Mayor reaffirms citizen involvement

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    Mayor Karen Freeman Wilson

    By David Denson, Gary Crusader

    Mayor Karen Freeman-Wilson said the best deterrent to crime is citizen involvement.

    She continued to advance that belief during an impromptu interview earlier this week. Following participation in the city’s “National Night Out” activities on Tuesday, August 1 at Reed Park, Freeman-Wilson joined family and friends of local businessman Kevin Boyd in a memorial for the slain businessman.

    Boyd was killed Friday, July 29 near the car wash he owned at 15th Avenue and Massachusetts Street. According to police reports Boyd was the victim of an armed robbery. Anyone with information regarding the incident should contact the Lake County/Gary Metro Homicide Unit at 219-755-3855 or the Crime Tip Line at 866-274-6347

    While she decried the act of violence, Freeman-Wilson said it is incumbent upon those who either witnessed the crime or have information, to come forward. “We could have the best police department in the country, but if the citizens aren’t willing to step up and do their part it won’t make a difference,” said Freeman-Wilson.

    Although the city’s homicide rate has decreased over the last few years, the Freeman-Wilson administration has been involved in a proactive approach to combating crime. A major part of the effort has been the “Gary For Life” initiative that seeks to bring law enforcement and the community together to address the city’s crime issue.

    The mayor says the city is also in the process of hiring more police officers. While the city deals with increasing the number of officers that are needed, it has established a relationship with state and county police agencies, and over the past few years these agencies have aided in patrolling Gary streets.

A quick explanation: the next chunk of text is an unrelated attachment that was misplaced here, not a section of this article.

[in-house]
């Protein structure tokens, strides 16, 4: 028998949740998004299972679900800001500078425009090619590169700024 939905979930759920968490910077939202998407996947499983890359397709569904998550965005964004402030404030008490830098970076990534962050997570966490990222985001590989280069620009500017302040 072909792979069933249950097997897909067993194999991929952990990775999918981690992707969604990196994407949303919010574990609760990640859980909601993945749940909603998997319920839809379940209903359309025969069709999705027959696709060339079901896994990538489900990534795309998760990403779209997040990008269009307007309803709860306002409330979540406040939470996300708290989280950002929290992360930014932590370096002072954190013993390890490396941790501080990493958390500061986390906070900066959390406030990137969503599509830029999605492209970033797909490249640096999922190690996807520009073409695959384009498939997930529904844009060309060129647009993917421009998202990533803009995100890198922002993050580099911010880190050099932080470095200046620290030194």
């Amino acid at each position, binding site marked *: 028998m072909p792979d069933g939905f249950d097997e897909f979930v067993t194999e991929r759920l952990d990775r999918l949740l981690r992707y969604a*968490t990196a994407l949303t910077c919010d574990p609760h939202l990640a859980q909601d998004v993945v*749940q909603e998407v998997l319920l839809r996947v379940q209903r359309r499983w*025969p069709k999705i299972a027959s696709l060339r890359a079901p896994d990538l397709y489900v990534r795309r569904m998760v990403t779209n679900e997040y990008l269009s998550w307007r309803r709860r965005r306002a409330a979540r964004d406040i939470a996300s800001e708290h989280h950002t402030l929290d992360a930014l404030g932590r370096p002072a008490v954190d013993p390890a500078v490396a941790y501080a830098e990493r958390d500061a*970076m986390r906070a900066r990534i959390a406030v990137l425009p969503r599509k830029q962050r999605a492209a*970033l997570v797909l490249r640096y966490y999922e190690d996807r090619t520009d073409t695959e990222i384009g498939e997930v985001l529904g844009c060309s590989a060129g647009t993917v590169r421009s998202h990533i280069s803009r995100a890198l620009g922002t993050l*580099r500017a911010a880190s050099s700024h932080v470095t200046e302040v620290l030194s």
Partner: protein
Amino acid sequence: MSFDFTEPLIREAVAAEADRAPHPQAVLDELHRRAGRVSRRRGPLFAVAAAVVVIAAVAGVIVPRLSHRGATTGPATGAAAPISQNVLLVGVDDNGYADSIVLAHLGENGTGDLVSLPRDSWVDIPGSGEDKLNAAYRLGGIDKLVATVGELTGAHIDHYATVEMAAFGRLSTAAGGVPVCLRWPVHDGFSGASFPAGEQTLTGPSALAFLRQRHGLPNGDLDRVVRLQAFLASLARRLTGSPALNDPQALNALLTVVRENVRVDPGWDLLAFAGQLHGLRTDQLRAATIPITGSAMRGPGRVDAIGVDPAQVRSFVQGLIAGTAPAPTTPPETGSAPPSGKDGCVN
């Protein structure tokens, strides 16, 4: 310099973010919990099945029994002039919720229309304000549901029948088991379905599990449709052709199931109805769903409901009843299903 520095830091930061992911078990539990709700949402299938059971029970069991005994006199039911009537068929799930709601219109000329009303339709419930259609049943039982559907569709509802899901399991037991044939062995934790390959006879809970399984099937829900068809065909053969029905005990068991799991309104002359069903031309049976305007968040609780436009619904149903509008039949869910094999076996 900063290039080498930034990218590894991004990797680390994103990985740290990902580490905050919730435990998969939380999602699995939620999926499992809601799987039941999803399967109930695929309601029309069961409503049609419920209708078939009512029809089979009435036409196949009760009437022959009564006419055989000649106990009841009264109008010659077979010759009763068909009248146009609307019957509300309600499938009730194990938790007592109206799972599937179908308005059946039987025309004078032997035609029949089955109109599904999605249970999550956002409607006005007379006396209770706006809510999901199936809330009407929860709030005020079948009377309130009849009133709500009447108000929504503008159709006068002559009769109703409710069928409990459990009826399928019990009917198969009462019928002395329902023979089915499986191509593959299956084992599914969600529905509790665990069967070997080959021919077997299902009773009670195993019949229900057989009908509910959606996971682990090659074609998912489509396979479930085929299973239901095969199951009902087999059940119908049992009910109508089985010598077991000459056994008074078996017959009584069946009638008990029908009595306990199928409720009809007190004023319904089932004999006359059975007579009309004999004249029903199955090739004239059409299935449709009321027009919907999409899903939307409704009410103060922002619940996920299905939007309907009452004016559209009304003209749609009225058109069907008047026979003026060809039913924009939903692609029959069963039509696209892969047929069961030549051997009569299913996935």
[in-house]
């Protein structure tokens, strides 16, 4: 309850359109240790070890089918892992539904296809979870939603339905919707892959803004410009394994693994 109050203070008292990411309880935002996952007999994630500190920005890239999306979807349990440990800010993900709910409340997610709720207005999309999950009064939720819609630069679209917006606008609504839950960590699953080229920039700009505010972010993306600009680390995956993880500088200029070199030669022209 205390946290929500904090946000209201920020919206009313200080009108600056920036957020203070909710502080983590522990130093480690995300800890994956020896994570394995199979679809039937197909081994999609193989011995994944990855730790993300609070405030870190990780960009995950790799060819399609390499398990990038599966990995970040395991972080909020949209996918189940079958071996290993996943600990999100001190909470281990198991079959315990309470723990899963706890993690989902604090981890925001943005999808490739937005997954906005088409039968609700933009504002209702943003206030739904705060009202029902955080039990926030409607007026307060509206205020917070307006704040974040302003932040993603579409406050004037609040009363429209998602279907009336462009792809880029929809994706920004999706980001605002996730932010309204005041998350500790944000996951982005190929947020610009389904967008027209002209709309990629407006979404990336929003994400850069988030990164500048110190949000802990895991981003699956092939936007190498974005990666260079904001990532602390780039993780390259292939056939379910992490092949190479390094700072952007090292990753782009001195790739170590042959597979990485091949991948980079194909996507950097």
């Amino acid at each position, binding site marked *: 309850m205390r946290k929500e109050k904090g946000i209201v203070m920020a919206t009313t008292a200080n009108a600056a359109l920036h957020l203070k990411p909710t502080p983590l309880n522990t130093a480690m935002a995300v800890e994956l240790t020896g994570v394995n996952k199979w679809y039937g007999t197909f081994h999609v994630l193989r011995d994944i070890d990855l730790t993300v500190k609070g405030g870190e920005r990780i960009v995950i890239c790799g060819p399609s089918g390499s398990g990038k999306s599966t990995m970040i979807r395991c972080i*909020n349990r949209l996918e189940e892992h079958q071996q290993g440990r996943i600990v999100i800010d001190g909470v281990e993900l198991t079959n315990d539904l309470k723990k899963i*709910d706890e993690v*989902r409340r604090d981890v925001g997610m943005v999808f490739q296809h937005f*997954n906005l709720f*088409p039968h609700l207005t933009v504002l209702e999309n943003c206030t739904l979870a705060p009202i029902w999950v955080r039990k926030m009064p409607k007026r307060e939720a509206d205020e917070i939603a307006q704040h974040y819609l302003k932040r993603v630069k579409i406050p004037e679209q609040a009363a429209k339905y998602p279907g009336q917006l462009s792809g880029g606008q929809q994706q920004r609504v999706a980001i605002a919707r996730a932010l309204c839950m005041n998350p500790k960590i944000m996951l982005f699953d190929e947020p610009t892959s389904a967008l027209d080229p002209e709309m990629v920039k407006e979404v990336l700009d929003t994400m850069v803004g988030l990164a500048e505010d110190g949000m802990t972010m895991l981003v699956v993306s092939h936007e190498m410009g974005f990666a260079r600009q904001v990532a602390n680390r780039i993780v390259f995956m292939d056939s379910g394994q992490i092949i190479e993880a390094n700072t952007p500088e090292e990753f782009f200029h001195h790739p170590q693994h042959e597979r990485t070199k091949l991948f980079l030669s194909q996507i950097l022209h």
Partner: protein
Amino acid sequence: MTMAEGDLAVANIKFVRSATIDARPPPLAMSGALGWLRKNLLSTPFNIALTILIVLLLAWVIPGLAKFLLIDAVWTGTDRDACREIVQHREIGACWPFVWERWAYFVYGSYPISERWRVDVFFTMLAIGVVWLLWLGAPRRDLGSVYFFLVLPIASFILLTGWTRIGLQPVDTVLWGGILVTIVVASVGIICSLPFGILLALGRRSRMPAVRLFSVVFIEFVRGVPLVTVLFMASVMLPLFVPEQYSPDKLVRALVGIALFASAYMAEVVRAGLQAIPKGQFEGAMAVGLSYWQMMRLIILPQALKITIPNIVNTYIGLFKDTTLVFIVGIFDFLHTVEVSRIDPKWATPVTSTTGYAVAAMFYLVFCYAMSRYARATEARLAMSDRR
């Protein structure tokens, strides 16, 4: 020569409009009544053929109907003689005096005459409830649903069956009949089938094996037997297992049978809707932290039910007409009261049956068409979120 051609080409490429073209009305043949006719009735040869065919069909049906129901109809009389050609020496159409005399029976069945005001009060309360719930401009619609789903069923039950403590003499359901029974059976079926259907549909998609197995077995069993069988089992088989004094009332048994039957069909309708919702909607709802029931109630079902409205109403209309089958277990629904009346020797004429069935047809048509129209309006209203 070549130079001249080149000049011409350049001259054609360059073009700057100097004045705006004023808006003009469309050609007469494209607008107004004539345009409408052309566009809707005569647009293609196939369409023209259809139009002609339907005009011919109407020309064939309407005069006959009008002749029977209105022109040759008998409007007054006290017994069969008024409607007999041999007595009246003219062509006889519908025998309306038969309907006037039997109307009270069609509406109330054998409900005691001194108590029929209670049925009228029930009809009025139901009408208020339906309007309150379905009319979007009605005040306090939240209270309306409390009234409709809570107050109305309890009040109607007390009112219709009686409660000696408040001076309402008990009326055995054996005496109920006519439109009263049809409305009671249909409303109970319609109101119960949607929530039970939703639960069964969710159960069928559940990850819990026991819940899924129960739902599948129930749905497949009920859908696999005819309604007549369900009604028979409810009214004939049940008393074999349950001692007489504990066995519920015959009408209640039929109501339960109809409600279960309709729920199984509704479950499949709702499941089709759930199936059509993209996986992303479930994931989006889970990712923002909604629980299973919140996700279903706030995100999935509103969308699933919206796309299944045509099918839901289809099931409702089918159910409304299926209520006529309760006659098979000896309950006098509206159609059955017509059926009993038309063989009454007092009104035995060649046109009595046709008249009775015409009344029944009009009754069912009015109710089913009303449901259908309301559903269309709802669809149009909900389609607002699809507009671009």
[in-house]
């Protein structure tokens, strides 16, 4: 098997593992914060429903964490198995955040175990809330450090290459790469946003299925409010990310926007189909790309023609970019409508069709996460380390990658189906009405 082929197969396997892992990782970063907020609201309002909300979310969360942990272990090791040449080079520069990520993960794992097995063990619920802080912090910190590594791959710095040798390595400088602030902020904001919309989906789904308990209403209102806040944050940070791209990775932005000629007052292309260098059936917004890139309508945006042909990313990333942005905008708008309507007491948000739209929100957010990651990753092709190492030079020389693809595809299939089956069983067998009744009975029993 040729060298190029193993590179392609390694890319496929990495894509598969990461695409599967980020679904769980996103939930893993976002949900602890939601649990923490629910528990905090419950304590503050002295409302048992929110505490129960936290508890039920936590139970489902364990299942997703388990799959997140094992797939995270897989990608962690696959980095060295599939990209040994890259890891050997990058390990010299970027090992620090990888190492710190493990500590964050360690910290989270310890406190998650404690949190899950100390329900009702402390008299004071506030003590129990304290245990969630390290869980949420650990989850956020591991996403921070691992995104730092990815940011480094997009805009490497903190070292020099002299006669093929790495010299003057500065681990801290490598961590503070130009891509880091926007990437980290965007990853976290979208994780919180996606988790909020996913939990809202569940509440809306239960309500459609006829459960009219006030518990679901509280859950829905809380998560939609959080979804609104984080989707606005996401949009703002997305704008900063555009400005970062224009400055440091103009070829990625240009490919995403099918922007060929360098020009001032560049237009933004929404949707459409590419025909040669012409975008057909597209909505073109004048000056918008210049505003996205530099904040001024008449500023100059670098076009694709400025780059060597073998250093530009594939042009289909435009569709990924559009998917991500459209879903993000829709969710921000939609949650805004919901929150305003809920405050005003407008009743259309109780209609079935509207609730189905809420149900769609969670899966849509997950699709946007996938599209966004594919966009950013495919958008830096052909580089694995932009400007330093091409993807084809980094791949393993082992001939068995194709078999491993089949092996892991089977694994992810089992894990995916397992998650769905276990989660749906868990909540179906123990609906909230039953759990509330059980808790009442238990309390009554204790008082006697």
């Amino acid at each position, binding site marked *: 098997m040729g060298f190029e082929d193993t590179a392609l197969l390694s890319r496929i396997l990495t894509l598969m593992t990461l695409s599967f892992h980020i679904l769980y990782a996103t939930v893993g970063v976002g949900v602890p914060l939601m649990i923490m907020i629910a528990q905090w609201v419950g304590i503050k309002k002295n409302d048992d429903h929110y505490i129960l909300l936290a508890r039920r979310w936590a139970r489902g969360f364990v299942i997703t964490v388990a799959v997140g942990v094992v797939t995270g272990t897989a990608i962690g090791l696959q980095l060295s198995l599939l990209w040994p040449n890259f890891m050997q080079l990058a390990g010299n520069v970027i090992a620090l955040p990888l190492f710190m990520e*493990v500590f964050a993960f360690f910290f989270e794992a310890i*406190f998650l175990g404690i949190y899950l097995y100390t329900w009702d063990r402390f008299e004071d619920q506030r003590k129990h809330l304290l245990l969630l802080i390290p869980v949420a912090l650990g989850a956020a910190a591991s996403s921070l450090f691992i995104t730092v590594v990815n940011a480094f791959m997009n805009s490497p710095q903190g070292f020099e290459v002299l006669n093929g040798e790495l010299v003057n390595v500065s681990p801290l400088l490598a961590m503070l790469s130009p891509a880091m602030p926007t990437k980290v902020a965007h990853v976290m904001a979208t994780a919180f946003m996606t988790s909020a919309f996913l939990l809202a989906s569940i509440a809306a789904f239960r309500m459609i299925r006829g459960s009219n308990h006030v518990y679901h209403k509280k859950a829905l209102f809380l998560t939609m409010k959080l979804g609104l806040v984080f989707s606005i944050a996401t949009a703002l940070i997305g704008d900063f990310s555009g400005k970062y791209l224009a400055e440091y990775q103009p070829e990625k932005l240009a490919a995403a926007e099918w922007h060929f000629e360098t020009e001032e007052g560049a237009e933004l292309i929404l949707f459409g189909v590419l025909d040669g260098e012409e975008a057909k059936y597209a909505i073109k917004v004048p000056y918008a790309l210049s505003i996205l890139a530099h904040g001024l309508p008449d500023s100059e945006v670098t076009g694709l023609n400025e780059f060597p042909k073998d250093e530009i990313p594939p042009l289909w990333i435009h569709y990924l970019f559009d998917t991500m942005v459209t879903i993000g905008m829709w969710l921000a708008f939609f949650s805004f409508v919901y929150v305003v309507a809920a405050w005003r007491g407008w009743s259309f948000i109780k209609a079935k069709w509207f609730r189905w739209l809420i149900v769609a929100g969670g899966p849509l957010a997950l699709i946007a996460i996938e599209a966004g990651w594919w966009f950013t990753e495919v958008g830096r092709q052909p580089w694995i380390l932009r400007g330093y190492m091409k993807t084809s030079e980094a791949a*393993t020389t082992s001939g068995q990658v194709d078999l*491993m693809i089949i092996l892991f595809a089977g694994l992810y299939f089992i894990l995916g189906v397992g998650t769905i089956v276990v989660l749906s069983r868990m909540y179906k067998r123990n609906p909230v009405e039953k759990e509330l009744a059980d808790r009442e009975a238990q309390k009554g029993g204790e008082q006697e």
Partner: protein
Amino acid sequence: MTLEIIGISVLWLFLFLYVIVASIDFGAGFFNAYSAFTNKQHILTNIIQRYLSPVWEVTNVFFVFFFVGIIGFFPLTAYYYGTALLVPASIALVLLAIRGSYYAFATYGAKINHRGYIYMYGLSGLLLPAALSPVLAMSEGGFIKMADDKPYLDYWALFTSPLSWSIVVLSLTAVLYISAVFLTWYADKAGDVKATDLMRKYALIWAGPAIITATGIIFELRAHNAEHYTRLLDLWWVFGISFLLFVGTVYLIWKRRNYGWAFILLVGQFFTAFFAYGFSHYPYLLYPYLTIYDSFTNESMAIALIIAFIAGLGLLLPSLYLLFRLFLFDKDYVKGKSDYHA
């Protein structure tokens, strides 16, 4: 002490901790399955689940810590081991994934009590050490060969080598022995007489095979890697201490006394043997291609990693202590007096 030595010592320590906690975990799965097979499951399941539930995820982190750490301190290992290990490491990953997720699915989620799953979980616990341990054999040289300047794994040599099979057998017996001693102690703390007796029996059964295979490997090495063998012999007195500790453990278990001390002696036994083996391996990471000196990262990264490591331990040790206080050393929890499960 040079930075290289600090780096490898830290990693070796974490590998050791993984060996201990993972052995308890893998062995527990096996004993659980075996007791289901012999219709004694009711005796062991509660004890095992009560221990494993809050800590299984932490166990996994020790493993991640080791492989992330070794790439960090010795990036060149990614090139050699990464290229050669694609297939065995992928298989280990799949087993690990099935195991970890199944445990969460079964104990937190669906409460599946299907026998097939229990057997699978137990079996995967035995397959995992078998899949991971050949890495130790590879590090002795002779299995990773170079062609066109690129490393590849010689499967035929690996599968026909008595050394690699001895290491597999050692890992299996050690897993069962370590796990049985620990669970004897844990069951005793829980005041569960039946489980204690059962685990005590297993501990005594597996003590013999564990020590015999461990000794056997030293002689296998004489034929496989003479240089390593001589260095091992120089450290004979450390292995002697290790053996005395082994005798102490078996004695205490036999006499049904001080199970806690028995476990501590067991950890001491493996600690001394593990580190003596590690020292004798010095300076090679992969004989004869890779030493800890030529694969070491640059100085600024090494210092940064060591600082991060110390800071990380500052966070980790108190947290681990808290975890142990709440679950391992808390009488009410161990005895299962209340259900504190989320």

City Council President Ron Brewer also attended Tuesday night’s vigil and like Freeman-Wilson, advocates the need for greater community involvement. Brewer, who has been meeting with residents and various groups across the city, said that one of the problems he finds is a distrust of police by residents.

    “During the conversations we had with people in the community is that they have voiced a reluctance to open up to the police,” said Brewer. He feels that in order to bridge the trust gap police officers need to be more engaged in the community and seek to dialogue with the residents.

    According to Brewer the city has been working with the police department and seeking to make sure that the officers have what is needed to do their jobs. He also feels it is important to help build the morale of the officers in order for them to be effective.

    The city has been working to ensure the police department has everything it needs to protect the community said Brewer.

     

     

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